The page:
San Francisco Destination Guide
San Francisco was only transferred from Mexico to the USA in 1848. Coincidentally, the place boomed just after the treaty was signed – the California Gold Rush had begun. Today San Francisco is one of the most liberal cities in the US, known for its welcoming, anything-goes atmosphere. It's culturally diverse, and each neighbourhood has a distinct character. Despite previously being devastated by earthquakes, fire (and the bursting of the dot-com bubble) the city is an attractive one and tourism remains a strong industry with good reason. Grab a flight to San Francisco and come and see why.
Put Alcatraz at the top of your list of things to do in San Francisco. Sometimes it's easy to be wary of top-ten lists, depending on the source, but this island former prison is fascinating. A tour includes transfer across the bay, a video introduction and personal audio guide. Crossing the Golden Gate Bridge is another must, just be prepared for the temperature drop! Even in the height of summer, mists can shroud this icon. For attractive green spaces, nothing rivals Golden Gate Park and here you'll also find the beautifully-conceived Californian Academy of Sciences. Halloween in the Castro district is a very big party for the LGBT community.
San Francisco is an epicurean delight, with more restaurants per person than any other major North American city. Here you'll also find one of the USA's best selection of Asian food, and particularly several varieties of Chinese food, as San Fran has one of the largest Chinese communities in the West. Vegans and vegetarians are very well catered for too. Some favourite San Francisco restaurants, for travellers and locals alike, are Delifina (for Italian food, in the Mission district) Swan Oyster Depot (for seafood, on Polk Street) Bocadillos (for tapas in the Financial District) and where drinks are concerned, don't miss out on the cocktails at Incanto in Noe Valley.
There's always something fine at the top end of town and San Francisco isn't any exception. All the luxury brands are here, some perched atop the city's legendary hills. You do need good walking shoes here but you don't have to be well-heeled to enjoy your stay – San Francisco accommodation covers all budgets. Boutique hotels with twists on decor, architecture or ambience include Queen Anne, in Pacific Heights; Hotel Diva, in Union Square; and Hotel Vertigo on Sutter Street. If you've a more basic approach to lodgings because you don't plan to spend much time in them, try the Green Tortoise Hostel in the vibrant North Beach area.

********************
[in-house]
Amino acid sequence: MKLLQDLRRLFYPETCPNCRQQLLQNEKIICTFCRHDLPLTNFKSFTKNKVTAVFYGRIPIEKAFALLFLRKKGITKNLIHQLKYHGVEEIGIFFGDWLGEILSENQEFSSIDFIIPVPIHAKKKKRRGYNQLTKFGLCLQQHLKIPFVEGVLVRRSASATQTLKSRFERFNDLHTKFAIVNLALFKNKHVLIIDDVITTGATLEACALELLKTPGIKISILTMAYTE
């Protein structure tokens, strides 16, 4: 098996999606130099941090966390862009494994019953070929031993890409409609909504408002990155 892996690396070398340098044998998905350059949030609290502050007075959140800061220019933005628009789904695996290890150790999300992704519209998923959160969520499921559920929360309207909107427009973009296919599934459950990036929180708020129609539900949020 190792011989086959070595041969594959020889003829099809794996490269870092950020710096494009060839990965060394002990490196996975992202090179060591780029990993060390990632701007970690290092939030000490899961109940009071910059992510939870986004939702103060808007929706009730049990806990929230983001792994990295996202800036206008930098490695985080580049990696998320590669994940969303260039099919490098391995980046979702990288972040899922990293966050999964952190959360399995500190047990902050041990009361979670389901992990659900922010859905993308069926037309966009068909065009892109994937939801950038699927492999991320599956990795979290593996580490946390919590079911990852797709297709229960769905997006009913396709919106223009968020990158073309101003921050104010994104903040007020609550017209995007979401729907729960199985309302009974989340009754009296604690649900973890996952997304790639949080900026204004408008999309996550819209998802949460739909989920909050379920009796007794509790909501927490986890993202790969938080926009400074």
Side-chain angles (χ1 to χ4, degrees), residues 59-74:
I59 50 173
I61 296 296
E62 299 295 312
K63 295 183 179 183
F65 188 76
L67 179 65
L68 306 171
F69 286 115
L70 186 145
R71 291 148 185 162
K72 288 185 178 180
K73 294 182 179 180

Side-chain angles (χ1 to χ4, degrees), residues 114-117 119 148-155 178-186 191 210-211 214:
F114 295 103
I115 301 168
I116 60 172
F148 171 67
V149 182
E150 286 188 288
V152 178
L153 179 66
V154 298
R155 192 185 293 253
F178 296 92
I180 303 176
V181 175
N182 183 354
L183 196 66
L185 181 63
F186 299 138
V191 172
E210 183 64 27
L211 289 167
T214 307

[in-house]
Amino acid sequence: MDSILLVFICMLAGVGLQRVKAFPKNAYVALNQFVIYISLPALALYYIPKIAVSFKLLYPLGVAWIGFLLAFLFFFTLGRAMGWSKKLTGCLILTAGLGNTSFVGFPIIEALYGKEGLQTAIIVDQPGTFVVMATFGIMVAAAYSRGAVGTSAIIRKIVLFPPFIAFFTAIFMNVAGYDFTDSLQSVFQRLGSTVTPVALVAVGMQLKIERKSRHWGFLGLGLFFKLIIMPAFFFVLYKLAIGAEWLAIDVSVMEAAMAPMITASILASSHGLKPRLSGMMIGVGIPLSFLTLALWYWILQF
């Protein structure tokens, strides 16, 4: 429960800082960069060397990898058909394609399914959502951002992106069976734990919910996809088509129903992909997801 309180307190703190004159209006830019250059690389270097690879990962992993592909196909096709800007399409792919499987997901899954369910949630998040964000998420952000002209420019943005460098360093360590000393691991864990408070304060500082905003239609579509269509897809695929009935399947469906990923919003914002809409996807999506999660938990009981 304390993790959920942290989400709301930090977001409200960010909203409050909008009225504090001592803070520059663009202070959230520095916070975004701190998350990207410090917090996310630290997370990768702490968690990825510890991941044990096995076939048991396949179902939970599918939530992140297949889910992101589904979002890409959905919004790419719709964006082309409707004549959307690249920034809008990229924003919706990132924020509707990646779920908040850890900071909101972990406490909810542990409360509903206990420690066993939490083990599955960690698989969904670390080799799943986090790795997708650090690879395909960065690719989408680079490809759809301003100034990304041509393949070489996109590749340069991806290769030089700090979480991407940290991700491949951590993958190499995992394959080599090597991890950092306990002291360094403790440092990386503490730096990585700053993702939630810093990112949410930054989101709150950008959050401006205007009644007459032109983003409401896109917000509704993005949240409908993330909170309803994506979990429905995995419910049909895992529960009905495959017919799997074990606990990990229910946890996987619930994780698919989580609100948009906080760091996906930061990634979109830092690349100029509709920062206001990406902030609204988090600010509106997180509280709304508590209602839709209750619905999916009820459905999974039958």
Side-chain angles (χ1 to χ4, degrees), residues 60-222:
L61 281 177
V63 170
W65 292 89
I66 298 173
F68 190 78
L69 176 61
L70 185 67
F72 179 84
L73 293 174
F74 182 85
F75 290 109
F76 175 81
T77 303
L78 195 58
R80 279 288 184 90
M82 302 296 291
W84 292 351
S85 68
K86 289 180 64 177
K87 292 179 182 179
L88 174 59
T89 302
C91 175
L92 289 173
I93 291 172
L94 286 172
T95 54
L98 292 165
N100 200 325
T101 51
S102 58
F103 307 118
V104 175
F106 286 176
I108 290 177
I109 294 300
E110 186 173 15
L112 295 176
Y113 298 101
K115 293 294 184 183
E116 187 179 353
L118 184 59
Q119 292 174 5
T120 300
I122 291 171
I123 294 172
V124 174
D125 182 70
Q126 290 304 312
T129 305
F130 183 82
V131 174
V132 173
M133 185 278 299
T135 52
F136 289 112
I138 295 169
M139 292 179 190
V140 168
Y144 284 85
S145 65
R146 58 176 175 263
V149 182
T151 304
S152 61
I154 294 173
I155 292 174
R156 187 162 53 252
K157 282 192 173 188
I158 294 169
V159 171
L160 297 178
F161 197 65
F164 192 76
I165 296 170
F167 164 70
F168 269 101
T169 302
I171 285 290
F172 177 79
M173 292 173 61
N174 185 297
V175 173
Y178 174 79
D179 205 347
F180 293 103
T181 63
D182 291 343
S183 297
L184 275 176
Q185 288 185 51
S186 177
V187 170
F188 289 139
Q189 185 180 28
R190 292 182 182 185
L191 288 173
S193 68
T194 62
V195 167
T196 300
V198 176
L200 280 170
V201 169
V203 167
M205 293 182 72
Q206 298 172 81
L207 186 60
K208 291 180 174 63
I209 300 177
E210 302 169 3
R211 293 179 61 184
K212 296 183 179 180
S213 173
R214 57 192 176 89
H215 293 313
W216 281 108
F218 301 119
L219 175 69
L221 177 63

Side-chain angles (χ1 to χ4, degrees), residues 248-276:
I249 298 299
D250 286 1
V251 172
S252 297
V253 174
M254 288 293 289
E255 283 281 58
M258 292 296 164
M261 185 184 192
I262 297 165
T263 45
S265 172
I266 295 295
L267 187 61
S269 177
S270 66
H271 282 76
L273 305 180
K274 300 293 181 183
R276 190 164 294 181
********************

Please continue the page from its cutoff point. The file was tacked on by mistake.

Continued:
San Francisco shopping is as flavour-filled as the city itself. Pier 39 is a colourful collection of shops and restaurants popular with tourists as a destination in itself. If you want more of a counter-culture flavour to your shopping, head to the Haight district for edgy fashion. No book/poetry/literature/Beat lover should go to San Francisco without stopping by City Lights in North Beach. Union Square is the central hub for flagship luxury shops, art galleries, cafes, theatres and night clubs. If you can't find what you need after exhausting Union Square, there's a Westfield (more prestigious than the Australian version) on that neighbourhood fringe, on Market Street.
San Francisco like a Local
Locals know this city is a cooler version of its Californian counterparts, so keep their winter clothes on hand year round. San Francisco weather can be fickle so landing in summer with only shorts and T-shirts, and LA-style visions of the place, won't serve you well. Though hilly, San Francisco is a great walking city, and has a comprehensive public transport system. Comprising a subway, streetcars, buses, trolley buses and cable cars. Ask a local on the ground which is which.